Academic journal article Indian Journal of Psychiatry

National Mental Health Programme: Manpower Development Scheme of Eleventh Five-Year Plan

Academic journal article Indian Journal of Psychiatry

National Mental Health Programme: Manpower Development Scheme of Eleventh Five-Year Plan

Article excerpt

Byline: Suman. Sinha, Jagdish. Kaur

Mental disorders impose a massive burden in the society. The National Mental Health Programme (NMHP) is being implemented by the Government of India to support state governments in providing mental health services in the country. India is facing shortage of qualified mental health manpower for District Mental Health Programme (DMHP) in particular and for the whole mental health sector in general. Recognizing this key constraint Government of India has formulated manpower development schemes under NMHP to address this issue. Under the scheme 11 centers of excellence in mental health, 120 PG departments in mental health specialties, upgradation of psychiatric wings of medical colleges, modernization of state-run mental hospitals will be supported. The expected outcome of the Manpower Development schemes is 104 psychiatrists, 416 clinical psychologists, 416 PSWs and 820 psychiatric nurses annually once these institutes/ departments are established. Together with other components such as DMHP with added services, Information, education and communication activities, NGO component, dedicated monitoring mechanism, research and training, this scheme has the potential to make a facelift of the mental health sector in the country which is essentially dependent on the availability and equitable distribution mental health manpower in the country.

Introduction

Mental disorders are significant public health issue and pose a tremendous socioeconomic burden on community. Neuropsychiatric conditions have an aggregate point prevalence of about 10% for adult population. [sup][1]

About 450 million people are estimated to be suffering from neuropsychiatric conditions worldwide. In 1990, mental and neurological disorders accounted for 10% of the total DALYs lost due to all diseases and injuries. This increased to 12% in the year 2000 and an analysis of trends indicates that the burden will further increase to 15% by the year 2020. [sup][2]

The resources available to tackle the huge burden of these disorders are insufficient, inequitably distributed and inefficiently used, which leads to a treatment gap of more than 75% in many countries with low and lower-middle class incomes. [sup][3] Poor awareness about symptoms of mental illness, myths and stigma related to it, lack of knowledge on the treatment availability and potential benefits of seeking treatment are important causes for the high-treatment gap.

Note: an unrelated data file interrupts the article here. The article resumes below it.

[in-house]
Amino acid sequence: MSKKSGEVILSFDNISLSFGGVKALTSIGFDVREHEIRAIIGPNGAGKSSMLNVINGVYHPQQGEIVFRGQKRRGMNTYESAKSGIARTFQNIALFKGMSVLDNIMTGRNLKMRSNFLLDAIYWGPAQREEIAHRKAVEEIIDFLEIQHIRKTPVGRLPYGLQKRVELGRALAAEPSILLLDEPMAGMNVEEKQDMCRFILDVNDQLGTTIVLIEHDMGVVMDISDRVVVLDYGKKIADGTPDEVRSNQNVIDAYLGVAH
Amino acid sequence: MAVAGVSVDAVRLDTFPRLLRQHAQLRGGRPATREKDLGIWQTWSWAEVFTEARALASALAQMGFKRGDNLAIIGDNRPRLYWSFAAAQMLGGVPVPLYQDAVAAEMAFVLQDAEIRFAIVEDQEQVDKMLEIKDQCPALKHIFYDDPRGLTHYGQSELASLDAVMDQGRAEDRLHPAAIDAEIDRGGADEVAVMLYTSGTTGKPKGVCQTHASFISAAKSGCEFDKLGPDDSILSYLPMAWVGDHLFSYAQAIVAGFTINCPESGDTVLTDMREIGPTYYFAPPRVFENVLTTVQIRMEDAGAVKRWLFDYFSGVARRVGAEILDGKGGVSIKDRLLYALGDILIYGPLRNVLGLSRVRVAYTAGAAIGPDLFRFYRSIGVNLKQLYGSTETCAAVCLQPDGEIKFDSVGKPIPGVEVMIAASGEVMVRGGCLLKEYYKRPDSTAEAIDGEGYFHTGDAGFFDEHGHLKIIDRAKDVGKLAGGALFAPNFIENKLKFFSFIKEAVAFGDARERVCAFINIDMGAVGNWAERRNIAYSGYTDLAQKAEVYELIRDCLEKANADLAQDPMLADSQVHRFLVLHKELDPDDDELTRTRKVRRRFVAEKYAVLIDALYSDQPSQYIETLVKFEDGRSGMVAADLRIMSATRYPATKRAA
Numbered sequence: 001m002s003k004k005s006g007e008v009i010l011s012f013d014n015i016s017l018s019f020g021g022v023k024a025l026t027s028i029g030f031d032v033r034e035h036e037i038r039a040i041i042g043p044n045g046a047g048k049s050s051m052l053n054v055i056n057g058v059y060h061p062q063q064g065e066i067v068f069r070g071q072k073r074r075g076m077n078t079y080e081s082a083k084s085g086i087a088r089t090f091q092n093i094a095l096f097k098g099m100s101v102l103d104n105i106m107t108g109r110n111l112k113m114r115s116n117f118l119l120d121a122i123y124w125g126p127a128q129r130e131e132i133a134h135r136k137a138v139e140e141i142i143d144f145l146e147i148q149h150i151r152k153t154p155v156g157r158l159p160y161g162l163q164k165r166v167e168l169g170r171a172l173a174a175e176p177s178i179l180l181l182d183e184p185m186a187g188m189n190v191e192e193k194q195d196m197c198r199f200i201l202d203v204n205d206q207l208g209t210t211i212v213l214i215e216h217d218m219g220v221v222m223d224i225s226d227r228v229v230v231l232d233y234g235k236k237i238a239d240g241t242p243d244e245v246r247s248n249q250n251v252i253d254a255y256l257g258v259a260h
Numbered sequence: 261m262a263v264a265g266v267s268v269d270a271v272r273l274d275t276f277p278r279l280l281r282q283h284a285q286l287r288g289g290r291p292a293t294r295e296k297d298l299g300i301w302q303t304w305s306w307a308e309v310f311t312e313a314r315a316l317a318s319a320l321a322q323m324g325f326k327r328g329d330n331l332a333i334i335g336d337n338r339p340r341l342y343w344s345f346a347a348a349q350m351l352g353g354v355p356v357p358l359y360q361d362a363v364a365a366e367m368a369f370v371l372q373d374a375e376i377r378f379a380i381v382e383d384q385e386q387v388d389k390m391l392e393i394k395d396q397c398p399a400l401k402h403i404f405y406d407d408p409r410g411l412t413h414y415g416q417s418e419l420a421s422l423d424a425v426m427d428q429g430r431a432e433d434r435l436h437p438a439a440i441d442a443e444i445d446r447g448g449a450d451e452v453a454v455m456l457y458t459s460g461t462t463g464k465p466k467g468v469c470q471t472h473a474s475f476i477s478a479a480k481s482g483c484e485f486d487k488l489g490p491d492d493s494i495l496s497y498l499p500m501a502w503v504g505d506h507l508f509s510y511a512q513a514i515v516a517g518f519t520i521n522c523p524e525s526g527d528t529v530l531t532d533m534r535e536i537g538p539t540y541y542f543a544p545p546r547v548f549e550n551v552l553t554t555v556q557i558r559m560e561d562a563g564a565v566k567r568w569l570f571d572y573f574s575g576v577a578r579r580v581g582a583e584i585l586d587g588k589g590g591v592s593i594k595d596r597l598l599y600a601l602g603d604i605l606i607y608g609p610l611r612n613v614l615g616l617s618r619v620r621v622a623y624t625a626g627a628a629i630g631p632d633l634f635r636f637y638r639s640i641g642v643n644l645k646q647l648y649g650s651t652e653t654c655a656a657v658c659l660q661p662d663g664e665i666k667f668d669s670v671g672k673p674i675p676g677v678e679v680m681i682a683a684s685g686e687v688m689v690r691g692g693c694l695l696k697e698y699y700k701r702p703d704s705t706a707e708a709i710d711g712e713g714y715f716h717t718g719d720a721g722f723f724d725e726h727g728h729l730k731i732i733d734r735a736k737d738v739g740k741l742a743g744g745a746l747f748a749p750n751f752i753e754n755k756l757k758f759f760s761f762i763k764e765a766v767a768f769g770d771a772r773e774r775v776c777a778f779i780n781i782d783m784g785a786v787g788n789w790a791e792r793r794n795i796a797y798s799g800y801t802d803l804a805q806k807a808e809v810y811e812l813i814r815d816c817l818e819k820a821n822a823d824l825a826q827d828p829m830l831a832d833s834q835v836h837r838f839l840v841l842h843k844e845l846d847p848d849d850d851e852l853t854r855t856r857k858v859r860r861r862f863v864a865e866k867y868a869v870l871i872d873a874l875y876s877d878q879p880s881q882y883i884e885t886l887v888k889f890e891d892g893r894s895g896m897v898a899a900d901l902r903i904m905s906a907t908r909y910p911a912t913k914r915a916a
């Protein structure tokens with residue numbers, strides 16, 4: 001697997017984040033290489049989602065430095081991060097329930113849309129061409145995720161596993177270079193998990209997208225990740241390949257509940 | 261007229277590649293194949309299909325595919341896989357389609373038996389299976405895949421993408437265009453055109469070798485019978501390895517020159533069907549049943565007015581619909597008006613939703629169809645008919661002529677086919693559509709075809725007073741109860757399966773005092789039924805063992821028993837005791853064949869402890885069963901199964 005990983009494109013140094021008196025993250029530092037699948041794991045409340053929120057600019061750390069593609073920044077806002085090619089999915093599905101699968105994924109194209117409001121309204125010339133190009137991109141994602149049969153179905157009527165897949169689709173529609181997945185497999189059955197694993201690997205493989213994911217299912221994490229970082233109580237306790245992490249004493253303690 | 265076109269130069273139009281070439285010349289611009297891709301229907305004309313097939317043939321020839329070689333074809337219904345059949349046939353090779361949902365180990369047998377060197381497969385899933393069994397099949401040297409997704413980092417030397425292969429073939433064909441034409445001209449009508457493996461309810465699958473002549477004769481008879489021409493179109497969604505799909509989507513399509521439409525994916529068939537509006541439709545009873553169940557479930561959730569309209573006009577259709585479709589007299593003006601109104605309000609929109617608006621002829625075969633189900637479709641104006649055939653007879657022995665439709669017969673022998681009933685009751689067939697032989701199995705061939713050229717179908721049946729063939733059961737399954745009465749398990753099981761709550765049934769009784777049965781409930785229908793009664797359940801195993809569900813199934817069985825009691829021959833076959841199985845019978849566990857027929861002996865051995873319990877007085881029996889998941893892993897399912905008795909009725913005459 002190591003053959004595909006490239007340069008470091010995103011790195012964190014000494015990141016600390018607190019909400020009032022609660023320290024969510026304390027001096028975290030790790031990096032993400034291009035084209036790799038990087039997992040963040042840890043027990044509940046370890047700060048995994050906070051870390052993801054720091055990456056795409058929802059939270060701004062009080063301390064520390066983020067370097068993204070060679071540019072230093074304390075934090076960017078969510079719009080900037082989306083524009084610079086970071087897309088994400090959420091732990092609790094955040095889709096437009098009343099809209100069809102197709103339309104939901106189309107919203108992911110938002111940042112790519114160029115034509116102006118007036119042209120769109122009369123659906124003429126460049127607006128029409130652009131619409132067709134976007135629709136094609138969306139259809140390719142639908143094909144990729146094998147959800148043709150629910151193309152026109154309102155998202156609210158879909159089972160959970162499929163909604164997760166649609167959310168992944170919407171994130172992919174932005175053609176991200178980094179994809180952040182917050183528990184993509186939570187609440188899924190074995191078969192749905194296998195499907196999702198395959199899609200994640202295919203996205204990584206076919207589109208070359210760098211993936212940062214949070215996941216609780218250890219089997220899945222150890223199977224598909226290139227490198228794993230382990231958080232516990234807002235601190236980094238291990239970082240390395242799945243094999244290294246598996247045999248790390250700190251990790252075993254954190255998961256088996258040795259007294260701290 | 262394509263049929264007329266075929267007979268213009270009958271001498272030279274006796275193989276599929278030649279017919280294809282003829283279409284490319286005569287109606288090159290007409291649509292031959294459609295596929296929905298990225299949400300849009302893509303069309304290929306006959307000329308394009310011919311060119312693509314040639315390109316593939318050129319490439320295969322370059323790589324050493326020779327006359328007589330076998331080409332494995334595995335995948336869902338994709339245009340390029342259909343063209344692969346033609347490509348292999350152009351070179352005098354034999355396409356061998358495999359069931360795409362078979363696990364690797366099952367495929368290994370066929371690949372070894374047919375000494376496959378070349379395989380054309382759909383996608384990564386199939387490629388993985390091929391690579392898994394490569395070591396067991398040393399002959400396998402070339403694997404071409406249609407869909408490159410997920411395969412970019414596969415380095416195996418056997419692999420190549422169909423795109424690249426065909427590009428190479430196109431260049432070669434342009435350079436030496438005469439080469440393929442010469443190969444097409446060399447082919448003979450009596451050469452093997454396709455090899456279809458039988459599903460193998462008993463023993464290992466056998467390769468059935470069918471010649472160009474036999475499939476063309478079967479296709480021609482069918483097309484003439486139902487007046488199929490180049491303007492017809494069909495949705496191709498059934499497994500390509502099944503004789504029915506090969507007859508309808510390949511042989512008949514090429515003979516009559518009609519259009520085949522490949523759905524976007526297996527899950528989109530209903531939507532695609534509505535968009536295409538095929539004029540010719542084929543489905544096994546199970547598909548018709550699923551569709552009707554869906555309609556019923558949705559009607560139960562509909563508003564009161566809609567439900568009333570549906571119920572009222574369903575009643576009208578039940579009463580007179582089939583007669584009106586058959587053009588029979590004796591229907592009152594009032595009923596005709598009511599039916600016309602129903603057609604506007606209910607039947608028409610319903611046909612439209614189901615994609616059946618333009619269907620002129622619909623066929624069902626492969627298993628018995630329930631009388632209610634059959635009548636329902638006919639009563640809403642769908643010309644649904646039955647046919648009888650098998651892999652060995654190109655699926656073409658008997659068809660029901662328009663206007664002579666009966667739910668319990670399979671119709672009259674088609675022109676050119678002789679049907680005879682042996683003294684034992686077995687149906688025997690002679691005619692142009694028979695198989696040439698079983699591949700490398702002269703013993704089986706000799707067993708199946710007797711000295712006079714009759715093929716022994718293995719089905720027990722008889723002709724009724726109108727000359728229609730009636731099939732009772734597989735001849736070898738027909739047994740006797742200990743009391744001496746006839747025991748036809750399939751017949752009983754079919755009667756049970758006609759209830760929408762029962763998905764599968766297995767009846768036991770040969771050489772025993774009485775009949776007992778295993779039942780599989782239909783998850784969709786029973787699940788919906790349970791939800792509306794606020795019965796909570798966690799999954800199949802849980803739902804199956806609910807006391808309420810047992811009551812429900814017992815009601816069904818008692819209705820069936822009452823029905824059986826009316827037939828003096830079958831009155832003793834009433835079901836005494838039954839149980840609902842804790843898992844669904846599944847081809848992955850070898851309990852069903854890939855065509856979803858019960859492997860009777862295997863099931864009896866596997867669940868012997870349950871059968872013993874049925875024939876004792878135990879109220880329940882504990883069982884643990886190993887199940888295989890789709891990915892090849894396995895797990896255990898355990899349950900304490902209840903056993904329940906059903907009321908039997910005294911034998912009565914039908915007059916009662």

In India, the prevalence estimates vary between 5.82 [sup][4] to 7.3%. [sup][5] In terms of absolute number suffering from mental illnesses, the prevalence estimate throws up a huge number of about 7 crore persons.

The median number of psychiatrists in India is only 0.2 per 100,000 population compared to a global median of 1.2 per 100,000 population. Similarly, the figures for psychologists, social workers and nurses working for mental health is 0.03, 0.03 and 0.05 per 100,000 population compared to a global median of 0.60, 0.40 and 2.00 per 100,000 population, respectively. [sup][6]

Growing awareness regarding the magnitude of mental health problems in the country, a flurry of health activities in the late 70s which included Alma Ata Declaration, the commitment to provide health to all by 2000, and the realization that mental health care was possible through the existing primary health care system led to the launch of National Mental Health Programme (NMHP) by the Government of India in 1982. [sup][7]

NMHP strives to ensure availability and accessibility of minimum mental health care for all in the near foreseeable future, particularly to the most vulnerable sections of the population; to encourage mental health knowledge and skills in general health care and social development; to promote community participation in mental health service development and to stimulate self-help in the community. [sup][7]

In line with the National Health Policy 2002, the objectives of the NMHP and global trend of community care of mentally ill, a field-tested model of community mental health care was adopted as District Mental Health Programme (DMHP) for NMHP. …

Search by... Author
Show... All Results Primary Sources Peer-reviewed

Oops!

An unknown error has occurred. Please click the button below to reload the page. If the problem persists, please try again in a little while.